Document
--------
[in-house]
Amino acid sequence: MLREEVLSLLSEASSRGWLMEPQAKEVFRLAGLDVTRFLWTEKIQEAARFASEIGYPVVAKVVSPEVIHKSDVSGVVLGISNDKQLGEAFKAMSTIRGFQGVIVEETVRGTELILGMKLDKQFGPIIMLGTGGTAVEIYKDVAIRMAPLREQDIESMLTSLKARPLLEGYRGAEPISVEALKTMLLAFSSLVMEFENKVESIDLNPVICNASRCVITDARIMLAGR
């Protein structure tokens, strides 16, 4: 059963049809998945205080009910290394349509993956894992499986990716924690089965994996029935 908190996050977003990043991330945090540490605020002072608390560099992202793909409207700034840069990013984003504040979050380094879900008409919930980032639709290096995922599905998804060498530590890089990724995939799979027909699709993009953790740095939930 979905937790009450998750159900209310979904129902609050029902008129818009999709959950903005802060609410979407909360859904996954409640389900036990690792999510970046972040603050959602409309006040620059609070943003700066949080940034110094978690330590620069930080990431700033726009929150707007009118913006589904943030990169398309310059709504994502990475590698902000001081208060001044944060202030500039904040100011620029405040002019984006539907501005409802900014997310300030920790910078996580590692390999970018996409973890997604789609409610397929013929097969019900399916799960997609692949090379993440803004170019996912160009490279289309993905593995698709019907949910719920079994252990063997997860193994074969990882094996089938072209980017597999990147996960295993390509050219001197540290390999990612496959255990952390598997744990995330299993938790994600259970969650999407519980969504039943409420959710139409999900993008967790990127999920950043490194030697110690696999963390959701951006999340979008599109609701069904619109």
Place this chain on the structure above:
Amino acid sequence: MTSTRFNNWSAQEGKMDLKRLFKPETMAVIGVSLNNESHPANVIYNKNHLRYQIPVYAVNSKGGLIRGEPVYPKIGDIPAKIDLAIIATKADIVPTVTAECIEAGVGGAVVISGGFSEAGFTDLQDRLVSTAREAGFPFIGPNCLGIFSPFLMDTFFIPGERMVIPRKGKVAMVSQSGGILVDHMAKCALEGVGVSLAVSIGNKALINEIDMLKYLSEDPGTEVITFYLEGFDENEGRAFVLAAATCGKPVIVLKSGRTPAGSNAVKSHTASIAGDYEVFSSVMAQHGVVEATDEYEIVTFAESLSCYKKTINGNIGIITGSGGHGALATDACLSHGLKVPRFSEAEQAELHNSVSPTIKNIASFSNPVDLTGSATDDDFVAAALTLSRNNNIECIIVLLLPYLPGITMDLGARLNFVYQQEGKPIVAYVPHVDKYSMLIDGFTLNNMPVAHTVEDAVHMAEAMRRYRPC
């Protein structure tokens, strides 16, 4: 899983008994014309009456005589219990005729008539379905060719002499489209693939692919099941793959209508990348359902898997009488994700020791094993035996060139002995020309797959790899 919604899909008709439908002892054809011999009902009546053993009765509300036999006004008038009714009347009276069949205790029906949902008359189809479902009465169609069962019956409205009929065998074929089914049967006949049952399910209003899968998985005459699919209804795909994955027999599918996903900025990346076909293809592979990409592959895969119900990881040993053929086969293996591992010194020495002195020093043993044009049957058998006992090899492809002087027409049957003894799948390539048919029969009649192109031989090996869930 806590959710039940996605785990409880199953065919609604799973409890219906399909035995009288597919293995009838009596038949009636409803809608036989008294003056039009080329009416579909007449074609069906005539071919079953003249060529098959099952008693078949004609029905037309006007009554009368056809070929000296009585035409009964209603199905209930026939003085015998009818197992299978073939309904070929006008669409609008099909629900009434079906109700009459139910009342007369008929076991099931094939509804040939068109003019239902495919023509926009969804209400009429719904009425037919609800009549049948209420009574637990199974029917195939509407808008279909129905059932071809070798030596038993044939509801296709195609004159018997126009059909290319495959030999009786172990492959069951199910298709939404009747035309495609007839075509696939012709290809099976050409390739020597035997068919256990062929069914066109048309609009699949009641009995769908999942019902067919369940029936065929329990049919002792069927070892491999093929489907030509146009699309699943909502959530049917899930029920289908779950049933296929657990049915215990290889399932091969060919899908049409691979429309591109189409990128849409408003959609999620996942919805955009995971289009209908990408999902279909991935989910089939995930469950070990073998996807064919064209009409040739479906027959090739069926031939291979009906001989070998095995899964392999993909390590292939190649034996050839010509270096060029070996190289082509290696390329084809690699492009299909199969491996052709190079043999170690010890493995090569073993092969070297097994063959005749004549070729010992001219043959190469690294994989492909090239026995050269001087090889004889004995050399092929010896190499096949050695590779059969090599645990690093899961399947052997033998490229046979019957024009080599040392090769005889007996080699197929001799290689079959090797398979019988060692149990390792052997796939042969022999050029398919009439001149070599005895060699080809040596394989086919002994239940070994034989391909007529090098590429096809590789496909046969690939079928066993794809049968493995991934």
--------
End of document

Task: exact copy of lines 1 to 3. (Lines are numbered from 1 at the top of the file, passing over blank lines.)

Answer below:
[in-house]
Amino acid sequence: MLREEVLSLLSEASSRGWLMEPQAKEVFRLAGLDVTRFLWTEKIQEAARFASEIGYPVVAKVVSPEVIHKSDVSGVVLGISNDKQLGEAFKAMSTIRGFQGVIVEETVRGTELILGMKLDKQFGPIIMLGTGGTAVEIYKDVAIRMAPLREQDIESMLTSLKARPLLEGYRGAEPISVEALKTMLLAFSSLVMEFENKVESIDLNPVICNASRCVITDARIMLAGR
């Protein structure tokens, strides 16, 4: 059963049809998945205080009910290394349509993956894992499986990716924690089965994996029935 908190996050977003990043991330945090540490605020002072608390560099992202793909409207700034840069990013984003504040979050380094879900008409919930980032639709290096995922599905998804060498530590890089990724995939799979027909699709993009953790740095939930 979905937790009450998750159900209310979904129902609050029902008129818009999709959950903005802060609410979407909360859904996954409640389900036990690792999510970046972040603050959602409309006040620059609070943003700066949080940034110094978690330590620069930080990431700033726009929150707007009118913006589904943030990169398309310059709504994502990475590698902000001081208060001044944060202030500039904040100011620029405040002019984006539907501005409802900014997310300030920790910078996580590692390999970018996409973890997604789609409610397929013929097969019900399916799960997609692949090379993440803004170019996912160009490279289309993905593995698709019907949910719920079994252990063997997860193994074969990882094996089938072209980017597999990147996960295993390509050219001197540290390999990612496959255990952390598997744990995330299993938790994600259970969650999407519980969504039943409420959710139409999900993008967790990127999920950043490194030697110690696999963390959701951006999340979008599109609701069904619109």